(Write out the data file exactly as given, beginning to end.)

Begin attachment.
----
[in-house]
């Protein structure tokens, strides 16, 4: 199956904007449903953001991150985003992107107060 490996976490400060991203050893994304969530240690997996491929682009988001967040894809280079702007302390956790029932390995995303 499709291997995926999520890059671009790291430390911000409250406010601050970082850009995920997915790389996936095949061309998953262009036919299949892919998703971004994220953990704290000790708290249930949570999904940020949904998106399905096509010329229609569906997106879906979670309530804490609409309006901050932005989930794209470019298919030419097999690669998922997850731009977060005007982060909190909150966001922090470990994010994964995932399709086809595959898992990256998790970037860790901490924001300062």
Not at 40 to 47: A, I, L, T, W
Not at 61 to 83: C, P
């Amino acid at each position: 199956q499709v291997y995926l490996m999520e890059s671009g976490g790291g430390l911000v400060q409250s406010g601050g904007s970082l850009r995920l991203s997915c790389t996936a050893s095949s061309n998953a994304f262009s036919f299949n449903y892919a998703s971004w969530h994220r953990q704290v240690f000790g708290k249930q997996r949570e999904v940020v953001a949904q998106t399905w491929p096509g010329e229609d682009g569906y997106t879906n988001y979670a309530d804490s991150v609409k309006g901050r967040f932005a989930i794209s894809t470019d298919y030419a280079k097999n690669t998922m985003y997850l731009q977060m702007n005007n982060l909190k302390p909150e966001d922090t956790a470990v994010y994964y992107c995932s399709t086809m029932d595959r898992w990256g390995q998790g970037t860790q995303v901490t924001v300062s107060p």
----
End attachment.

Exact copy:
[in-house]
């Protein structure tokens, strides 16, 4: 199956904007449903953001991150985003992107107060 490996976490400060991203050893994304969530240690997996491929682009988001967040894809280079702007302390956790029932390995995303 499709291997995926999520890059671009790291430390911000409250406010601050970082850009995920997915790389996936095949061309998953262009036919299949892919998703971004994220953990704290000790708290249930949570999904940020949904998106399905096509010329229609569906997106879906979670309530804490609409309006901050932005989930794209470019298919030419097999690669998922997850731009977060005007982060909190909150966001922090470990994010994964995932399709086809595959898992990256998790970037860790901490924001300062």
Not at 40 to 47: A, I, L, T, W
Not at 61 to 83: C, P
């Amino acid at each position: 199956q499709v291997y995926l490996m999520e890059s671009g976490g790291g430390l911000v400060q409250s406010g601050g904007s970082l850009r995920l991203s997915c790389t996936a050893s095949s061309n998953a994304f262009s036919f299949n449903y892919a998703s971004w969530h994220r953990q704290v240690f000790g708290k249930q997996r949570e999904v940020v953001a949904q998106t399905w491929p096509g010329e229609d682009g569906y997106t879906n988001y979670a309530d804490s991150v609409k309006g901050r967040f932005a989930i794209s894809t470019d298919y030419a280079k097999n690669t998922m985003y997850l731009q977060m702007n005007n982060l909190k302390p909150e966001d922090t956790a470990v994010y994964y992107c995932s399709t086809m029932d595959r898992w990256g390995q998790g970037t860790q995303v901490t924001v300062s107060p």